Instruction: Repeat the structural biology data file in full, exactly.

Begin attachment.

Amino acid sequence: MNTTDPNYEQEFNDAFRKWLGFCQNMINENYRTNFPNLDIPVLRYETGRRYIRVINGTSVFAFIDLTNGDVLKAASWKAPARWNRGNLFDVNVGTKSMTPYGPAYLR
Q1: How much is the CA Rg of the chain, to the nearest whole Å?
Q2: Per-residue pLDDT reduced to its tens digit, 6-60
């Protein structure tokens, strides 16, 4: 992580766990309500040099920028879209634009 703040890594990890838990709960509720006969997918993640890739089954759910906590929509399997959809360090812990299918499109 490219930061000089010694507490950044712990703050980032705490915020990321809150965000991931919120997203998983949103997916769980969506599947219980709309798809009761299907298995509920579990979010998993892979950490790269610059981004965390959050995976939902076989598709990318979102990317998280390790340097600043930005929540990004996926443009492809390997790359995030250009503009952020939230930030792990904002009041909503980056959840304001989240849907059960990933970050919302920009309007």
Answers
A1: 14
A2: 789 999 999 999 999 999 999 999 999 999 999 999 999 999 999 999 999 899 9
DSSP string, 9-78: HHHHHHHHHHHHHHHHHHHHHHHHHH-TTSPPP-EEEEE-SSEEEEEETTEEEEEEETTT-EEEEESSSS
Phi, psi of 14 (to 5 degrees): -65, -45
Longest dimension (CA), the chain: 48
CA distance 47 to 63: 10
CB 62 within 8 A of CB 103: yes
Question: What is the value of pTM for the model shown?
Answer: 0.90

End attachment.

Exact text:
Amino acid sequence: MNTTDPNYEQEFNDAFRKWLGFCQNMINENYRTNFPNLDIPVLRYETGRRYIRVINGTSVFAFIDLTNGDVLKAASWKAPARWNRGNLFDVNVGTKSMTPYGPAYLR
Q1: How much is the CA Rg of the chain, to the nearest whole Å?
Q2: Per-residue pLDDT reduced to its tens digit, 6-60
């Protein structure tokens, strides 16, 4: 992580766990309500040099920028879209634009 703040890594990890838990709960509720006969997918993640890739089954759910906590929509399997959809360090812990299918499109 490219930061000089010694507490950044712990703050980032705490915020990321809150965000991931919120997203998983949103997916769980969506599947219980709309798809009761299907298995509920579990979010998993892979950490790269610059981004965390959050995976939902076989598709990318979102990317998280390790340097600043930005929540990004996926443009492809390997790359995030250009503009952020939230930030792990904002009041909503980056959840304001989240849907059960990933970050919302920009309007």
Answers
A1: 14
A2: 789 999 999 999 999 999 999 999 999 999 999 999 999 999 999 999 999 899 9
DSSP string, 9-78: HHHHHHHHHHHHHHHHHHHHHHHHHH-TTSPPP-EEEEE-SSEEEEEETTEEEEEEETTT-EEEEESSSS
Phi, psi of 14 (to 5 degrees): -65, -45
Longest dimension (CA), the chain: 48
CA distance 47 to 63: 10
CB 62 within 8 A of CB 103: yes
Question: What is the value of pTM for the model shown?
Answer: 0.90